Great success!!! I have recently made it official, I obtained the AWS Solutions Architect Associate Certification by passing the SAA-C01 exam!

Resources Used for Studying

Okay so how did I do it? Before studying for this certification, I have been using AWS professionally for roughly two years prior. However if I had gone and taken the exam with my two years of experience, I would have failed miserably. The SAA-C01 exam will test you on a wide range of AWS services such as Route 53, CloudFront, WAF, EC2, Elastic Load Balancers, S3, RDS, Lambda, VPC and SQS. I only used a small number of those services regularly; I knew nothing about WAF, Lambda and SQS... Not only that the exam will test you on the particular use case for each service.

I began my studies by watching Ryan Kroonenburg's videos on A Cloud Guru. A Cloud Guru has the best video series for the SAA-C01. Ryan kept his videos concise and models his lessons on the topics covered in the exam.

After each chapter I took his mini quizzes which primed my mind in getting familiar with how AWS words their exams. You need to be adept in picking out keywords! On your exam, AWS may ask you "which solution allows you store files and videos with the least amount of cost?", all four options will allow you to store files, but only one will be ideal in terms cost. Keep in mind that A Cloud Guru's quizzes are very challenging. In my honest opinion their quizzes were more challenging than the actual certification exam. I only managed a 70% on A Cloud Guru, mock exam and this was after multiple attempts. So if you're getting 60-70% don't panic, you know more than you know.

The next resource I used to learn was a recommendation from Mike. It was the AWS Certified Solutions Architect Associate All-in-One Exam Guide by Joyjeet Banerjee. I didn't read this book cover to cover and you should not either! If you do you'll be wasting a lot of time. I used this book to supplement topics, I did poorly on A Cloud Guru's quizzes also this book comes with a large number of practice exams you can take. These quizzes are easier than A Cloud Guru's and are on the same level of difficulty as the actual exam. Use this book as a reference material on topics that are not covered in depth on A Cloud Guru's videos.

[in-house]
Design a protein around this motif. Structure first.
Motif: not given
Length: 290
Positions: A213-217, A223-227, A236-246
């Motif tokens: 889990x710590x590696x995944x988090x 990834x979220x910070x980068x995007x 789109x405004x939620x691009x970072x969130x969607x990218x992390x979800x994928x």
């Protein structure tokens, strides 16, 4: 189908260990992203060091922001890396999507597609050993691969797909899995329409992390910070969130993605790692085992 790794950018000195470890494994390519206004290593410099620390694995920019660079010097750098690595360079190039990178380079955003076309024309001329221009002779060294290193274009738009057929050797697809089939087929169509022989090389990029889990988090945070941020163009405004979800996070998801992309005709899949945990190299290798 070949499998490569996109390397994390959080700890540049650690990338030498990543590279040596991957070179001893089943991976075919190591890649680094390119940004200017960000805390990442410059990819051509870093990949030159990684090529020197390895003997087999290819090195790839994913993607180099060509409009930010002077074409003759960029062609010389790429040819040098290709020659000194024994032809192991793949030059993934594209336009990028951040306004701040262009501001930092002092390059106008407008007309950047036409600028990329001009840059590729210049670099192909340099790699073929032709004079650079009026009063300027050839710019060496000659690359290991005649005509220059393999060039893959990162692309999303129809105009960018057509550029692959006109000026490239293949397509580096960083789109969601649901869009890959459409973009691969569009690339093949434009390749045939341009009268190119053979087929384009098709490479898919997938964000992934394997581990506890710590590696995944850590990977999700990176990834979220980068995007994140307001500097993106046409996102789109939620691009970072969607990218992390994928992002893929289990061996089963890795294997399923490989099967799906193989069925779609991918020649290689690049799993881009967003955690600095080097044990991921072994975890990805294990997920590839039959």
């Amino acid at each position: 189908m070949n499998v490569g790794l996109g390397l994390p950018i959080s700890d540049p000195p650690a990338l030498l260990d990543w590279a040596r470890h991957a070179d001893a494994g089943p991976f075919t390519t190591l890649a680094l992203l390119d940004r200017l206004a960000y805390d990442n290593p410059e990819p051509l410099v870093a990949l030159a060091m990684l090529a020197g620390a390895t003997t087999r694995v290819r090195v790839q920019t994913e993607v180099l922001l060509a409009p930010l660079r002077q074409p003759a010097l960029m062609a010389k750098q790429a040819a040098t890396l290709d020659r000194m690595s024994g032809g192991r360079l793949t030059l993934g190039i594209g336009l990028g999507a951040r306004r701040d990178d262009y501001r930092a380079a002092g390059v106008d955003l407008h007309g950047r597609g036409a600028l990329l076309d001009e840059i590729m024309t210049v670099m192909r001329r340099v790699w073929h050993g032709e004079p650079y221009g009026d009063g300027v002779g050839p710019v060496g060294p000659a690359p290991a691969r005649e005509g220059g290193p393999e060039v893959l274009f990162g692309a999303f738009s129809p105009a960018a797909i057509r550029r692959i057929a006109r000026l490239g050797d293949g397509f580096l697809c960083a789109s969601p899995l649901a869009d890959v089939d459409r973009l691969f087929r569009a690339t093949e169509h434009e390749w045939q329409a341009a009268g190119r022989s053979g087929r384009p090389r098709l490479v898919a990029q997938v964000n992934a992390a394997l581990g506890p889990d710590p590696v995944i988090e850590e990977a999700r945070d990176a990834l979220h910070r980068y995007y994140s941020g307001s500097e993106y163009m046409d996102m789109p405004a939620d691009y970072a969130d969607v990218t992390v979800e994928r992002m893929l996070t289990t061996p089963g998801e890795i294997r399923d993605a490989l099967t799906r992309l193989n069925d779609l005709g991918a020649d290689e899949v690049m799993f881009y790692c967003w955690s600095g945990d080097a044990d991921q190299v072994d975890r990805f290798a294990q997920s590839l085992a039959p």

Lastly I went through AWS Well-Architected Framework Whitepaper. Make sure you are aware of the high level concepts and what AWS can offer to an organization by shifting to the cloud. Understand the five pillars:

  1. Operational Excellence
  2. Security
  3. Reliability
  4. Performance Efficiency
  5. Cost Optimization

That does not mean you have to memorize the entire whitepaper! I just skimmed through this but paid close attention to the first five pages.

Exam Structure

• 65 questions

• 130 Minutes

The exam is scenario based which means they give you a scenario and you have to decide the best way to implement an AWS service. For example:

You're a solutions architect looking to implement the least expensive storage solution for files that are not accessed after 30 days but are needed for audit purposes. Which solution would you choose?

- EC2

- S3


- Glacier

Notice how it doesn't ask you to pick and choose the correct definition of each service. Also the keywords in this question are least expensive and not accessed after 30 days. These are keywords because it's asking you for a specific AWS resource that is the least expensive and are not critical to have at a minute's notice. Looking at the available answers, EC2 can be crossed off the list since it is not a storage solution, S3 maybe correct since it is a storage solution, but let's looks at the other options before deciding. EFS is another storage solution but needs EC2 instances to be accessible since it is a network file share and the question never mentioned the that the storage solution needed to be shared among EC2 instances. Finally there is Glacier, it's a storage solution like S3 and does not need EC2 to be accessible. Also Glacier's whole premise is to be an inexpensive storage solution for data archiving. It's not as fast as S3, but ideal if your data is not critical to have at the very minute. That is how all of the questions will be structured.